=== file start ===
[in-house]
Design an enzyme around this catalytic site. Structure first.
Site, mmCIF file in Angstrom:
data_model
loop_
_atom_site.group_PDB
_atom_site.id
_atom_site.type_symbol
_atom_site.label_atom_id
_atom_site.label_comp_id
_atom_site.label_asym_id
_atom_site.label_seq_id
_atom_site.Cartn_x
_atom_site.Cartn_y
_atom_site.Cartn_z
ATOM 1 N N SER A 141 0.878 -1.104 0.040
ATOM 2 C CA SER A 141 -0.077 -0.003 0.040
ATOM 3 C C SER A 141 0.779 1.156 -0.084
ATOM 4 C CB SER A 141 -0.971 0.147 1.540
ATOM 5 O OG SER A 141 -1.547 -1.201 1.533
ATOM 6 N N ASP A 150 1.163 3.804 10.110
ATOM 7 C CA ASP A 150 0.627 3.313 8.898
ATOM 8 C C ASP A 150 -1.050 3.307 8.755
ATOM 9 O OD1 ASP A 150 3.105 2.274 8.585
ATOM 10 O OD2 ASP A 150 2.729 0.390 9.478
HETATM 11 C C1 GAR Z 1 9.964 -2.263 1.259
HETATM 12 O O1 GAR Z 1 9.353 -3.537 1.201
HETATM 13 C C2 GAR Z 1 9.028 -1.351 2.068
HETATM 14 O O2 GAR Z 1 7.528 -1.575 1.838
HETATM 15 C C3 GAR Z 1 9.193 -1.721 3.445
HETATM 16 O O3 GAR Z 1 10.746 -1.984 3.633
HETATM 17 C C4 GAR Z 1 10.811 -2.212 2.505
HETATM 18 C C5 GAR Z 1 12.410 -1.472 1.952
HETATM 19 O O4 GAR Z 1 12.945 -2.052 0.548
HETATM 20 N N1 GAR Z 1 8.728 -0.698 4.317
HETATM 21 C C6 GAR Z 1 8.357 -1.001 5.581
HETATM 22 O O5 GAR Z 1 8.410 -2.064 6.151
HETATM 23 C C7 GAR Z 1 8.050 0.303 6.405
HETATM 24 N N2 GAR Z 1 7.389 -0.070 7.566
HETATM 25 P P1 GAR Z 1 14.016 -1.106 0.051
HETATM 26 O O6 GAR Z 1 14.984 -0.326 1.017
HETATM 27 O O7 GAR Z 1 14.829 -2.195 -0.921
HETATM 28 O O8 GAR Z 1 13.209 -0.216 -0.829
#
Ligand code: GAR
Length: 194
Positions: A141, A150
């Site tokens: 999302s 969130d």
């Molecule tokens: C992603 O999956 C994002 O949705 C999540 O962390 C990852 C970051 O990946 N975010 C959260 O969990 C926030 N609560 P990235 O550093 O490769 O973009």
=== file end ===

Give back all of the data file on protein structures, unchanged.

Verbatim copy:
[in-house]
Design an enzyme around this catalytic site. Structure first.
Site, mmCIF file in Angstrom:
data_model
loop_
_atom_site.group_PDB
_atom_site.id
_atom_site.type_symbol
_atom_site.label_atom_id
_atom_site.label_comp_id
_atom_site.label_asym_id
_atom_site.label_seq_id
_atom_site.Cartn_x
_atom_site.Cartn_y
_atom_site.Cartn_z
ATOM 1 N N SER A 141 0.878 -1.104 0.040
ATOM 2 C CA SER A 141 -0.077 -0.003 0.040
ATOM 3 C C SER A 141 0.779 1.156 -0.084
ATOM 4 C CB SER A 141 -0.971 0.147 1.540
ATOM 5 O OG SER A 141 -1.547 -1.201 1.533
ATOM 6 N N ASP A 150 1.163 3.804 10.110
ATOM 7 C CA ASP A 150 0.627 3.313 8.898
ATOM 8 C C ASP A 150 -1.050 3.307 8.755
ATOM 9 O OD1 ASP A 150 3.105 2.274 8.585
ATOM 10 O OD2 ASP A 150 2.729 0.390 9.478
HETATM 11 C C1 GAR Z 1 9.964 -2.263 1.259
HETATM 12 O O1 GAR Z 1 9.353 -3.537 1.201
HETATM 13 C C2 GAR Z 1 9.028 -1.351 2.068
HETATM 14 O O2 GAR Z 1 7.528 -1.575 1.838
HETATM 15 C C3 GAR Z 1 9.193 -1.721 3.445
HETATM 16 O O3 GAR Z 1 10.746 -1.984 3.633
HETATM 17 C C4 GAR Z 1 10.811 -2.212 2.505
HETATM 18 C C5 GAR Z 1 12.410 -1.472 1.952
HETATM 19 O O4 GAR Z 1 12.945 -2.052 0.548
HETATM 20 N N1 GAR Z 1 8.728 -0.698 4.317
HETATM 21 C C6 GAR Z 1 8.357 -1.001 5.581
HETATM 22 O O5 GAR Z 1 8.410 -2.064 6.151
HETATM 23 C C7 GAR Z 1 8.050 0.303 6.405
HETATM 24 N N2 GAR Z 1 7.389 -0.070 7.566
HETATM 25 P P1 GAR Z 1 14.016 -1.106 0.051
HETATM 26 O O6 GAR Z 1 14.984 -0.326 1.017
HETATM 27 O O7 GAR Z 1 14.829 -2.195 -0.921
HETATM 28 O O8 GAR Z 1 13.209 -0.216 -0.829
#
Ligand code: GAR
Length: 194
Positions: A141, A150
């Site tokens: 999302s 969130d």
């Molecule tokens: C992603 O999956 C994002 O949705 C999540 O962390 C990852 C970051 O990946 N975010 C959260 O969990 C926030 N609560 P990235 O550093 O490769 O973009």